Hospital Train Of The North (HTN) was Sputnik Architecture Inc’s submission to the Architects Without Borders 2017 Indigenous Housing Ideas Competition. It prioritizes all the design portals described in the competition, and with respect to place it celebrates the unique and remote characteristics of the northern regions of Manitoba. The proposal strives to improve connectivity to other regions while providing much needed service, awareness and care opportunities for these communities. HTN is sustainble in that it makes use of existing infrustructure, giving the rail link a new and vital role, while ensuring continued use and maintenance of the line between Winnipeg and Chuchill. The vision for HTN includes the incorporation of indigenous art, like a gallery on wheels, changing from season to season, displaying the work of indigenous artists, raising awareness everywhere it is seen. HTN excels when it comes to growth and has the ability to adapt to emerging demands by its very nature. For each journey, HTN would be loaded with supplies and care givers to suite the specific requirements of each community. To make HTN a reality many groups must come together including the northern communities and first nations, the federal and provincial governments, health regions, art councils, the Canadian Forces, and other public and private enterprises. This coming together of multi-disiplanary groups to raise awereness and improve the existing quality of life in the north is the vision of HTN and will make the project truly the property of the northern region it serves.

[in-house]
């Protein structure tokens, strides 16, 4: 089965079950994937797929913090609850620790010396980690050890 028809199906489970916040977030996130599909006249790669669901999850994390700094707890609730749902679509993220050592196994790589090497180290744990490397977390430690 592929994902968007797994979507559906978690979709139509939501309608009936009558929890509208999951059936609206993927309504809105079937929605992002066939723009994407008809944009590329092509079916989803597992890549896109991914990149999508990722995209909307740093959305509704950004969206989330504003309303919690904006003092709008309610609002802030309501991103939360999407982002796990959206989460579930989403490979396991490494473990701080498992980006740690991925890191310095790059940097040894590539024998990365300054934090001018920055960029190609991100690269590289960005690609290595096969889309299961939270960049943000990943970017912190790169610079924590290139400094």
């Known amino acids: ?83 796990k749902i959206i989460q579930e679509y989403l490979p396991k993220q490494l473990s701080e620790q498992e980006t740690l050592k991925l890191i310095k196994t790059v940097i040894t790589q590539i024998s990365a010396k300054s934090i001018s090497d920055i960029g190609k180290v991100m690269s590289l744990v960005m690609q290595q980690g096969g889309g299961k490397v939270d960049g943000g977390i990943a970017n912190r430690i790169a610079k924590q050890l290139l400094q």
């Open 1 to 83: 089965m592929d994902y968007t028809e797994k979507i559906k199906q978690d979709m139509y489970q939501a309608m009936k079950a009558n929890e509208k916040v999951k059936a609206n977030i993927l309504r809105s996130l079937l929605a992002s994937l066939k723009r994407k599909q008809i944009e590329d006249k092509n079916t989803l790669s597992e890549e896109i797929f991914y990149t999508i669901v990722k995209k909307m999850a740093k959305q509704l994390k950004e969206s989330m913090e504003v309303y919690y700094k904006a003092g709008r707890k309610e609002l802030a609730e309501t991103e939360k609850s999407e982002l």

Similar to improved housing in the remote areas of Canada, the Hospital Train Of The North will benefit individuals, families and communities of northern Indigenous communities. The concept for the Hospital Train Of The North is to provide supplemental health care services to communities along the rail line between Winnipeg and Churchill Manitoba, focusing on the Northern Regional Health Authoritiy District. Many of these northern communities are under served, forcing residents to travel long distances at great inconvenience and expense to receive their care. From routine check-ups, vacinations, dental and eye care to traditional healing methods and more specialized procedures, a variety of services can be provided by this care facility on wheels. The aim is to decrease the burden on northern residents while giving a new importance to the rail line itself. HTN is a showcase of Indigenous Art, each year sporting a new and inspiring paint scheme, continuously moving from community to community all year round.